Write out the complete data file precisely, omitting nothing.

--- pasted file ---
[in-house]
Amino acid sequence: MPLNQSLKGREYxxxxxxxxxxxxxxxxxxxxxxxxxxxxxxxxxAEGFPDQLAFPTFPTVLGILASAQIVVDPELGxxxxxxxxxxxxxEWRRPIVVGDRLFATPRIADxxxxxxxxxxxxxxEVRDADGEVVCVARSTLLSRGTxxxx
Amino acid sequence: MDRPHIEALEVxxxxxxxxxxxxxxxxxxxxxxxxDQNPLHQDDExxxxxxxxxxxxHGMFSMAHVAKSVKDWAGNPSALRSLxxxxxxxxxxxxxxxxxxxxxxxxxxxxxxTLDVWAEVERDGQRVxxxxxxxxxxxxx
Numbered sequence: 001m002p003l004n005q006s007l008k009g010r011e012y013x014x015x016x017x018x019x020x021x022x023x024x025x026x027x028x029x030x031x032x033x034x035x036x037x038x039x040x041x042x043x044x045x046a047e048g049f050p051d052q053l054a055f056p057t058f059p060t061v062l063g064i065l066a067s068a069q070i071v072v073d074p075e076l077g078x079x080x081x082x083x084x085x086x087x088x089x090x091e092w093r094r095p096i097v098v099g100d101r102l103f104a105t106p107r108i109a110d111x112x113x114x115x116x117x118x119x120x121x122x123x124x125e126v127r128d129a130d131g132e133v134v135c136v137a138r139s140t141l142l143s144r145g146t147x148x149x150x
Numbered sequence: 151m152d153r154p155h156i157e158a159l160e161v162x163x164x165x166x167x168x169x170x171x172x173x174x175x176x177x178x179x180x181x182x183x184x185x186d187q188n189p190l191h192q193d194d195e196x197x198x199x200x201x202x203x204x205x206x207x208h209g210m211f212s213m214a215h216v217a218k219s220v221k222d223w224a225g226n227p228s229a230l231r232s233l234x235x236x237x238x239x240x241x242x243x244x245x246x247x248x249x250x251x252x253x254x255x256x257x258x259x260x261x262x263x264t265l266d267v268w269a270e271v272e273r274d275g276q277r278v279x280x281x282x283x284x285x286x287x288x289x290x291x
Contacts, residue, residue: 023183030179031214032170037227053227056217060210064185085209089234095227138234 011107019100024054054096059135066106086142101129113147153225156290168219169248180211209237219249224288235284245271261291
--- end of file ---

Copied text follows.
[in-house]
Amino acid sequence: MPLNQSLKGREYxxxxxxxxxxxxxxxxxxxxxxxxxxxxxxxxxAEGFPDQLAFPTFPTVLGILASAQIVVDPELGxxxxxxxxxxxxxEWRRPIVVGDRLFATPRIADxxxxxxxxxxxxxxEVRDADGEVVCVARSTLLSRGTxxxx
Amino acid sequence: MDRPHIEALEVxxxxxxxxxxxxxxxxxxxxxxxxDQNPLHQDDExxxxxxxxxxxxHGMFSMAHVAKSVKDWAGNPSALRSLxxxxxxxxxxxxxxxxxxxxxxxxxxxxxxTLDVWAEVERDGQRVxxxxxxxxxxxxx
Numbered sequence: 001m002p003l004n005q006s007l008k009g010r011e012y013x014x015x016x017x018x019x020x021x022x023x024x025x026x027x028x029x030x031x032x033x034x035x036x037x038x039x040x041x042x043x044x045x046a047e048g049f050p051d052q053l054a055f056p057t058f059p060t061v062l063g064i065l066a067s068a069q070i071v072v073d074p075e076l077g078x079x080x081x082x083x084x085x086x087x088x089x090x091e092w093r094r095p096i097v098v099g100d101r102l103f104a105t106p107r108i109a110d111x112x113x114x115x116x117x118x119x120x121x122x123x124x125e126v127r128d129a130d131g132e133v134v135c136v137a138r139s140t141l142l143s144r145g146t147x148x149x150x
Numbered sequence: 151m152d153r154p155h156i157e158a159l160e161v162x163x164x165x166x167x168x169x170x171x172x173x174x175x176x177x178x179x180x181x182x183x184x185x186d187q188n189p190l191h192q193d194d195e196x197x198x199x200x201x202x203x204x205x206x207x208h209g210m211f212s213m214a215h216v217a218k219s220v221k222d223w224a225g226n227p228s229a230l231r232s233l234x235x236x237x238x239x240x241x242x243x244x245x246x247x248x249x250x251x252x253x254x255x256x257x258x259x260x261x262x263x264t265l266d267v268w269a270e271v272e273r274d275g276q277r278v279x280x281x282x283x284x285x286x287x288x289x290x291x
Contacts, residue, residue: 023183030179031214032170037227053227056217060210064185085209089234095227138234 011107019100024054054096059135066106086142101129113147153225156290168219169248180211209237219249224288235284245271261291